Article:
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When you say a recipe for the 3rd time dilation what do you mean?Is it not enough to describe that this time dilation is the cause of gravitational acceleration. That a body travelling at constant speed in a vacuum can be accelerated towards an M by seconds becoming progressively shorter closer to M, to the accelerative value of GM/r^2(if that is the equation that describes acceleration?)...?I'll look at the link..
Anyway - perhaps someone can help me...If we were to say that the value of GR time dilation, associated with M Earth, caused an acceleration to an object travelling at a constant speed, i.e. being accelerated by shorter seconds, negating any gravitational attraction or other phenomenon completely, what value of an acceleration would GR time dilation cause in metres per second squared?
THE Alan Guth? Isn't he famously brilliant?
I imagine he would be loathe to drudge through this discussion thread because we are still waxing philosophical about timey's theory. We have yet to establish the (mathematical) recipe for her 3rd dilation for example. The relativistic correction to the SC metric thread might be more up his alley:
The density ratio you (Colin2B) speak of goes into the specification of the spatial topology in the Friedmann analysis. It's one of the parameters you fiddle around with to get the FD metric to match Hubble's data.
No, those maths are too complex for me, and it sounds like a calculation of an expanding universe. So no, there may be similarities from a mathematical perspective if one were to try and calculate a contracting model, but Freidman is not calculating a contracting model, nor is he stating the accelerative force of gravity as being time dilation related, far as I can see.
If one can understand that an acceleration towards an M can be considered as time dilation related, and the deceleration away from M can be considered time dilation related, then this time dilation is occurring in the opposite direction to GR time dilation. (which my model retains as an m at h from M phenomenon)
No. Acceleration depends on M and h. Force depends on acceleration and m. In mathematical terms: F=ma and a=GM/h2. This is true for weak fields. The GR correction for strong fields is tricky, as I pointed out previously, and there is no consensus on it.
In strong fields very small changes in h are more significant. Hence tidal forces. This tends towards a singularity.
In my model no-one has to disagree about anything. Distances are constant, and just by understanding which rate of time one is using to measure, everything is abundantly clear to everyone no matter where they are, although they may not be observing the entire pis tire where rates of time differ vastly, because the observation will be proportional to the difference in rate of time and observations will result in being descrete, or quantised.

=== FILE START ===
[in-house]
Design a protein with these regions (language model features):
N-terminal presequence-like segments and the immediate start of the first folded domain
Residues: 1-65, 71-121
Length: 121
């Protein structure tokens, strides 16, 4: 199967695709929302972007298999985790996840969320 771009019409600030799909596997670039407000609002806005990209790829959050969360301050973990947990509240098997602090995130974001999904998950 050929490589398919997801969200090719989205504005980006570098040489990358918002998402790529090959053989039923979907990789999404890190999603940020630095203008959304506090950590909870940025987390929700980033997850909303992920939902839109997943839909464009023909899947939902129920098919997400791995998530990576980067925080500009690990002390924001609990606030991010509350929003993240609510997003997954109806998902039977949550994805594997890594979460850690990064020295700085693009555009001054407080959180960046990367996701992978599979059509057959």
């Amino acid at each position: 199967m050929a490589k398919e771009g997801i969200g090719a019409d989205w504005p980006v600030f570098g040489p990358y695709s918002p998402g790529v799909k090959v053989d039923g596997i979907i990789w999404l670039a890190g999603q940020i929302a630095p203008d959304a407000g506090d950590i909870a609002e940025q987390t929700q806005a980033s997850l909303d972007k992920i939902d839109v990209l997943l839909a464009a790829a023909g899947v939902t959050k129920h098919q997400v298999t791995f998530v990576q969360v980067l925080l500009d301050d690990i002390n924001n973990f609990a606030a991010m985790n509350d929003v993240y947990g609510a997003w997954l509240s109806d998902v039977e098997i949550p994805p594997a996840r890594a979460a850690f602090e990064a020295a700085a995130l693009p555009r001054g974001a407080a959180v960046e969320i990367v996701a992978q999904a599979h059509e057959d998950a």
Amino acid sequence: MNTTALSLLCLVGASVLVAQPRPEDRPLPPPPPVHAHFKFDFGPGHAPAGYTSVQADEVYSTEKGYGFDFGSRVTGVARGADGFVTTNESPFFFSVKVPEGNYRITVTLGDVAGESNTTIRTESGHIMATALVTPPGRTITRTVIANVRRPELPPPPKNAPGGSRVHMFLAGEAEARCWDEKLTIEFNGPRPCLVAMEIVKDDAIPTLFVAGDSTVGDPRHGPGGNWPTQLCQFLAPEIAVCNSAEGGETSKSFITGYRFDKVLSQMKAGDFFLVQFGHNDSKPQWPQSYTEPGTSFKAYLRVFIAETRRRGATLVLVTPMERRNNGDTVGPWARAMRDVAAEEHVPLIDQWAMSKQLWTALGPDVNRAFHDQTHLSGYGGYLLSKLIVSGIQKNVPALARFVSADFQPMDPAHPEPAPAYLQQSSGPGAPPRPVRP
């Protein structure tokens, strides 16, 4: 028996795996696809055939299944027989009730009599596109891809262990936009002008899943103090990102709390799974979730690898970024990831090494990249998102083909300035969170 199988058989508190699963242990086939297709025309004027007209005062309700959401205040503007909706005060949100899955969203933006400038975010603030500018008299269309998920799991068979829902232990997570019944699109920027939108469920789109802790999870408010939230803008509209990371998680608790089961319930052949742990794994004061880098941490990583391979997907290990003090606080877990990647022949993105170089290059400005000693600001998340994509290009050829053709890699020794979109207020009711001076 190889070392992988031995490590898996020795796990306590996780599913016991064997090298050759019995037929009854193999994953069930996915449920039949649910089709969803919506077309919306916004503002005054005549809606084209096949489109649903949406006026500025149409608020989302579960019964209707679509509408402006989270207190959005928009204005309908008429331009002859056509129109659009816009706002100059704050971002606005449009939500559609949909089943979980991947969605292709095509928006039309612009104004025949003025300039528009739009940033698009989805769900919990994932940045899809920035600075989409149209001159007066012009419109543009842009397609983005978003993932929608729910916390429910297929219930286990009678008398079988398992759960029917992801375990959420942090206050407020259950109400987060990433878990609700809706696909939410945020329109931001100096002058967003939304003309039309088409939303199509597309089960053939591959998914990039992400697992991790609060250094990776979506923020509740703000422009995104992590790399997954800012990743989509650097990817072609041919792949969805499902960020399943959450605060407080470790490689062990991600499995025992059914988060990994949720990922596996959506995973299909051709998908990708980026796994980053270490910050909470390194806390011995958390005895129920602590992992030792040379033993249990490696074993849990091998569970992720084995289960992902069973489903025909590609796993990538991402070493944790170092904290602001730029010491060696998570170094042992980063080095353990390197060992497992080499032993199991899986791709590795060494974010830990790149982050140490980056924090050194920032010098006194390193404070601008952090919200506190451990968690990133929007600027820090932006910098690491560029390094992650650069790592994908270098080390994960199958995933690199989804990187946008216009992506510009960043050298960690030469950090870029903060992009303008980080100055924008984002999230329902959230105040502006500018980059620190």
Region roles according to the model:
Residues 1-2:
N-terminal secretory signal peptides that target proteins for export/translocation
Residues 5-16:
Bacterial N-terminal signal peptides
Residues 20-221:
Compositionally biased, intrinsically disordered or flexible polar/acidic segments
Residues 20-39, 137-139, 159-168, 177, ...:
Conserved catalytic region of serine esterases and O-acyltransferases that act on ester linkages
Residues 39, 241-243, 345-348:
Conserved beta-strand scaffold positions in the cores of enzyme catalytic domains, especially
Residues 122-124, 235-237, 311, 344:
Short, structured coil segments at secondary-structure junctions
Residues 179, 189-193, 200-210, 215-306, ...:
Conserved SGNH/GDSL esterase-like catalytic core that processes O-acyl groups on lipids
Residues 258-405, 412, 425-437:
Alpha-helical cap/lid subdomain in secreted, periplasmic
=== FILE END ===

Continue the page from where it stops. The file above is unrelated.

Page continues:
Well SR might dictate that in current physics, but my model attributes SR as a mass in relation to velocity phenomenon experienced only by the traveller, and that light with no m is not affected. Light travels as per the 3rd time dilation.
Time does not run fast in space it runs slow.
Quote from: timey on 18/03/2017 19:48:46Well SR might dictate that in current physics, but my model attributes SR as a mass in relation to velocity phenomenon experienced only by the traveller, and that light with no m is not affected. Light travels as per the 3rd time dilation.Then you are proposing to throw SR out the window. I can't help you with that. Many have tried. All have failed. Note that, although SR has consequences for the concept of inertial mass (which are confirmed by experiment), it does not depend on it.
Did you not read my post of 293?
I'm proposing that SR as a means of describing spatial space curvature be placed on the window ledge, in favour of the 3rd time dilation describing a temporal space curvature, and then aback off the ledge for a re-instating of SR time dilation as a rate of time experienced by the traveler, and the travellers perception of spacial dilation as being a result of the slower time.
I presume your bystander perceives the traveller to be moving away from the gravitating mass with constant velocity. That's a very complicated scenario. The thrust of the rocket engine has to exceed the force gravity for a while in order to achieve cruising speed. It then has to be reduced abruptly to match the force of gravity at the point where cruising speed is achieved and backed off gradually thereafter to maintain cruising speed as the force of gravity recedes. The rocket engine adds energy to the traveller at a variable rate and that alters the space-time continuum in an unknown manner. Furthermore, the rocket loses mass over time as it generates thrust.